1. This is plaintiff's appeal arising out of the orders passed in Notice of Motion by the City Civil Court which was set aside in appeal from Order NO. 264/76 by a learned single Judge of this Court. Being aggrieved, he has filed this Letters Patent Appeal.
2. It is not necessary to notice the facts in detail, though they may be mentioned very briefly to know the natureof the order that was passed by the First Appellate Court. The plaintiff claims to be the sub-tenant of certain premises in this town which were allowed to be used by the defendant jointly under an agreement dated Sept, 28, 1970. According to the plaintiff, the defendant has merely been given licence for joint user along with him in the same premises. Since the plaintiff was being disturbed by the defendant in their joint possession and user, he filed the present Suit No. 1106/75 in the City Civil Court at Bombay. The substantive prayer in the suit is that the plaintiff's joint possession should be held proved and the defendant should be restrained by an order of permanent injunction of the Court from interfering with that joint possession. The defendant is denying these allegations.
3. After filing the suit, the plaintiff issued a Notice of Motion dated Aug. 20, 1975, and asked for an interim injunction. At the final hearing of the Motion after considering the affidavits of either side, the agreement dated Sept. 28, 1970, and after considering the arguments addressed on both the sides, the learned trial Judge made the Notice of Motion absolute in terms of prayer (a).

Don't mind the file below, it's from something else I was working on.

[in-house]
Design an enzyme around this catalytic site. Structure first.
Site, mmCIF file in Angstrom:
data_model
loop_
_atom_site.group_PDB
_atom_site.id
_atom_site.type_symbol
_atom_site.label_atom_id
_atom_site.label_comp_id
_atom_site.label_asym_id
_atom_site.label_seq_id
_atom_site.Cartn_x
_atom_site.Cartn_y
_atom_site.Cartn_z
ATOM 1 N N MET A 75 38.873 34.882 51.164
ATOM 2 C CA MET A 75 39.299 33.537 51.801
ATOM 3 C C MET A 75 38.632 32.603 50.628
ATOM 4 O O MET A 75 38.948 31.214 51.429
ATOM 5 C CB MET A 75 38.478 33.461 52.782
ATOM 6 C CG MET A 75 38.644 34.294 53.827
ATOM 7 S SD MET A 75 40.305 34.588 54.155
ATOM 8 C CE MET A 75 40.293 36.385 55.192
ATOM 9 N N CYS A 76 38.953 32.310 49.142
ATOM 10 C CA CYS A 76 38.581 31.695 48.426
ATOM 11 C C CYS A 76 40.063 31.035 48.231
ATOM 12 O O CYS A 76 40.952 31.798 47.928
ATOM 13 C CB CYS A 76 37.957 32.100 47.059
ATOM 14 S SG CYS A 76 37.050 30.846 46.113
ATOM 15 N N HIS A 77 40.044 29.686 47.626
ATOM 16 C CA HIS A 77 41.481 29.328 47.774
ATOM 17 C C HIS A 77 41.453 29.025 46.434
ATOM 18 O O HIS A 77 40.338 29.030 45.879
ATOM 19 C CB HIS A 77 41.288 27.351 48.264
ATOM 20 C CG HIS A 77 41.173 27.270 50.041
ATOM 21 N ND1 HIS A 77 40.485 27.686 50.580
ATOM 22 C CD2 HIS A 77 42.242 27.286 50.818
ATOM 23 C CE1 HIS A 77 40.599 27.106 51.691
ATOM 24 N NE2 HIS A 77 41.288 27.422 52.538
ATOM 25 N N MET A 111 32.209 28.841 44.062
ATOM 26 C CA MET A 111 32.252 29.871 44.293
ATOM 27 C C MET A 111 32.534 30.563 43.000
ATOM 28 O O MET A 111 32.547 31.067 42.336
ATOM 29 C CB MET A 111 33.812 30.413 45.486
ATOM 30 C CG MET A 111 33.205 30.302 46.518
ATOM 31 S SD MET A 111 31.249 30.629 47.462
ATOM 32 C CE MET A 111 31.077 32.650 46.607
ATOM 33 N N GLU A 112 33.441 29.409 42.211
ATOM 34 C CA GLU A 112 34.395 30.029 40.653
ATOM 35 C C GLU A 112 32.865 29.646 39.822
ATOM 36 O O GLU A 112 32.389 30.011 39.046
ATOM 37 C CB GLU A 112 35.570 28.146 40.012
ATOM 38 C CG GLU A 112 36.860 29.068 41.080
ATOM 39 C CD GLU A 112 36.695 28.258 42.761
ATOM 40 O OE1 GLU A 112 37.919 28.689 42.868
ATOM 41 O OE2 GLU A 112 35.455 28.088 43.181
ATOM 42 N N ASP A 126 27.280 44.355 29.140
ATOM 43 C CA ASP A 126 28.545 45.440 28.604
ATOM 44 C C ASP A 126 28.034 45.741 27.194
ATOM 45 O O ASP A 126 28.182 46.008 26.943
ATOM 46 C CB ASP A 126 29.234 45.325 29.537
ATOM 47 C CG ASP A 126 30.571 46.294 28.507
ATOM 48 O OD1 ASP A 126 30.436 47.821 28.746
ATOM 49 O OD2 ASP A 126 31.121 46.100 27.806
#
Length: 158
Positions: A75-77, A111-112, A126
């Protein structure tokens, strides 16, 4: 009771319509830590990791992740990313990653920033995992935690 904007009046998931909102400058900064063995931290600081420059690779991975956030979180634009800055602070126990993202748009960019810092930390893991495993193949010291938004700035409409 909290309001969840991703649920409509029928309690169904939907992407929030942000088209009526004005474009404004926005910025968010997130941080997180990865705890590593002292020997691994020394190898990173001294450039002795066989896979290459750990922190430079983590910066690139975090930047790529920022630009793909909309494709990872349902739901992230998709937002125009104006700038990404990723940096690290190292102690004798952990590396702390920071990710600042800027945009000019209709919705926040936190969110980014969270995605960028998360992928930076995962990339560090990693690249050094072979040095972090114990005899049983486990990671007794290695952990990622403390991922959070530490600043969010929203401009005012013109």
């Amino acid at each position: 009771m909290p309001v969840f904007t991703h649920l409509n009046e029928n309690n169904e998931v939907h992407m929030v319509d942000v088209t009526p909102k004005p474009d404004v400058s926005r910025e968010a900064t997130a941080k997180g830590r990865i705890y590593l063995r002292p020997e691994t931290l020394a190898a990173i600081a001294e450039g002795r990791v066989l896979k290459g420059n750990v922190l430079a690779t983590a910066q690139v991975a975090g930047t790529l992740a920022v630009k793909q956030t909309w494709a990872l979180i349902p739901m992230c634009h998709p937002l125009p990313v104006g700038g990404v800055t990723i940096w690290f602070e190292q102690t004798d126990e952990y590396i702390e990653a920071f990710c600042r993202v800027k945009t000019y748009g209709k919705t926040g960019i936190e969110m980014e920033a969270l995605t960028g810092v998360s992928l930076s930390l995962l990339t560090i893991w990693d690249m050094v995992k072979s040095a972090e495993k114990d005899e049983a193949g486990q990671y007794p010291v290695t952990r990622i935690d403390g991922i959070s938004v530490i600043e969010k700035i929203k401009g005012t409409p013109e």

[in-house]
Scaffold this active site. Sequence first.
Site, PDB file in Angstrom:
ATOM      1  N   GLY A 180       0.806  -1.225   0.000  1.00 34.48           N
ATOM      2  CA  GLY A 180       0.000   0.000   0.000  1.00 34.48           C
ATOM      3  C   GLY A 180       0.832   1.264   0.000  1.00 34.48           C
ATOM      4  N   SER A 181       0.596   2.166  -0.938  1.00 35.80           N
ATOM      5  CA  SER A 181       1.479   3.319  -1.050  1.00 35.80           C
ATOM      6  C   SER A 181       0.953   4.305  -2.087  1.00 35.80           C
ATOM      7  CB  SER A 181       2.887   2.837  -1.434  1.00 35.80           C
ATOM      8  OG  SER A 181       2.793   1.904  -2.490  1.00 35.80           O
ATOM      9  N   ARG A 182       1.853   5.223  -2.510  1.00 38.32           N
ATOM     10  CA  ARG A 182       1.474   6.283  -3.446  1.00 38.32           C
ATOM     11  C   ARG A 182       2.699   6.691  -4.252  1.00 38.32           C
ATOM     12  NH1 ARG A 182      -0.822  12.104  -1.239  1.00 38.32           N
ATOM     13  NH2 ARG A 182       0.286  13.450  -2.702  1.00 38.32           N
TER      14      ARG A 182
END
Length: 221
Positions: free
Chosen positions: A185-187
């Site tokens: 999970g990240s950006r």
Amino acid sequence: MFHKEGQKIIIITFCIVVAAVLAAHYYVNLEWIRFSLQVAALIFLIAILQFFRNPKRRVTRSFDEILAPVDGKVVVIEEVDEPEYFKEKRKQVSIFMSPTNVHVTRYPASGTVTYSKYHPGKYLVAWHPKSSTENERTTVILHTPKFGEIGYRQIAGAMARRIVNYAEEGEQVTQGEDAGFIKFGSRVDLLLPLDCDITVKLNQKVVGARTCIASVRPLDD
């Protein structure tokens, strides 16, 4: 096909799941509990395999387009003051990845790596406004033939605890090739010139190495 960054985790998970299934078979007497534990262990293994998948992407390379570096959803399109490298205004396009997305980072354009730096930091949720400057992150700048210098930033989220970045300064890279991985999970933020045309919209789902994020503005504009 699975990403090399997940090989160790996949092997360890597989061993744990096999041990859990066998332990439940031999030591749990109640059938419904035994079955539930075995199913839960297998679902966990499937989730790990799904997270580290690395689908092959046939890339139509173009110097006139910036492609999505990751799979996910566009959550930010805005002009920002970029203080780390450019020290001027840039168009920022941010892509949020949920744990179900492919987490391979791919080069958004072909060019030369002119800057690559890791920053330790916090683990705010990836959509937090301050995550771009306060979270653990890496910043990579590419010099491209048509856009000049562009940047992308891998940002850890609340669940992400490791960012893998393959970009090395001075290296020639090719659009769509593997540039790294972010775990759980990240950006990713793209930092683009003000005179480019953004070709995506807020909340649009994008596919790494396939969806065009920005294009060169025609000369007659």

4. The defendant filed an appeal in the High Court as an Appeal from Order. A learned single Judge of this Court, after hearing the parties and after going through the affidavits filed on behalf of both the sides and more particularly considering the nature, type and dimensions of the premises, found that joint possession seems to be very difficult to uphold on the material as at present available in the suit. The consequence was that the plaintiff's case about joint possession was not accepted as prima facie proved and the order passed in the Notice of Motion was vacated. Being aggrieved by that order, the present appeal has been filed
5. Before going to the merits of the matter, a preliminary objection is raised to the maintainability of the appeal itself. It is urged that the order of the learned single Judge refusing to assist the plaintiff by giving an interim injunction pending the disposal of the suit on merits is not a judgment at all within the meaning of that expression used in Clause 15 of the Letters Patent. If that is so, the appeal itself is not maintainable.
6. On behalf of the respondent a long time of judgments of this court has beencited. To suggest what precisely is being indicated as a judgment by this Court in Clause 15 of the Letters Patent on behalf of the appellant Mr. Meghani relied upon certain observations of Tendolkar, J. in a Division Bench judgment in S. H. H. Kably v, Mahomed T. Jaffrani : AIR1958Bom210 . In view of this preliminary objection, it would be necessary to find whether the order under appeal is a judgment as required by Clause 15 of the Letters Patent and whether the appeal itself is maintainable. The meaning of the word 'judgment' used in Clause 15 of the Letters Patent is a subject-matter of a long line of judgments of this Court It does not seem to be necessary to do eny fresh thinking on the subject The various aspects of that proposition have already been considered and answered by the judgments of this Court from time to time.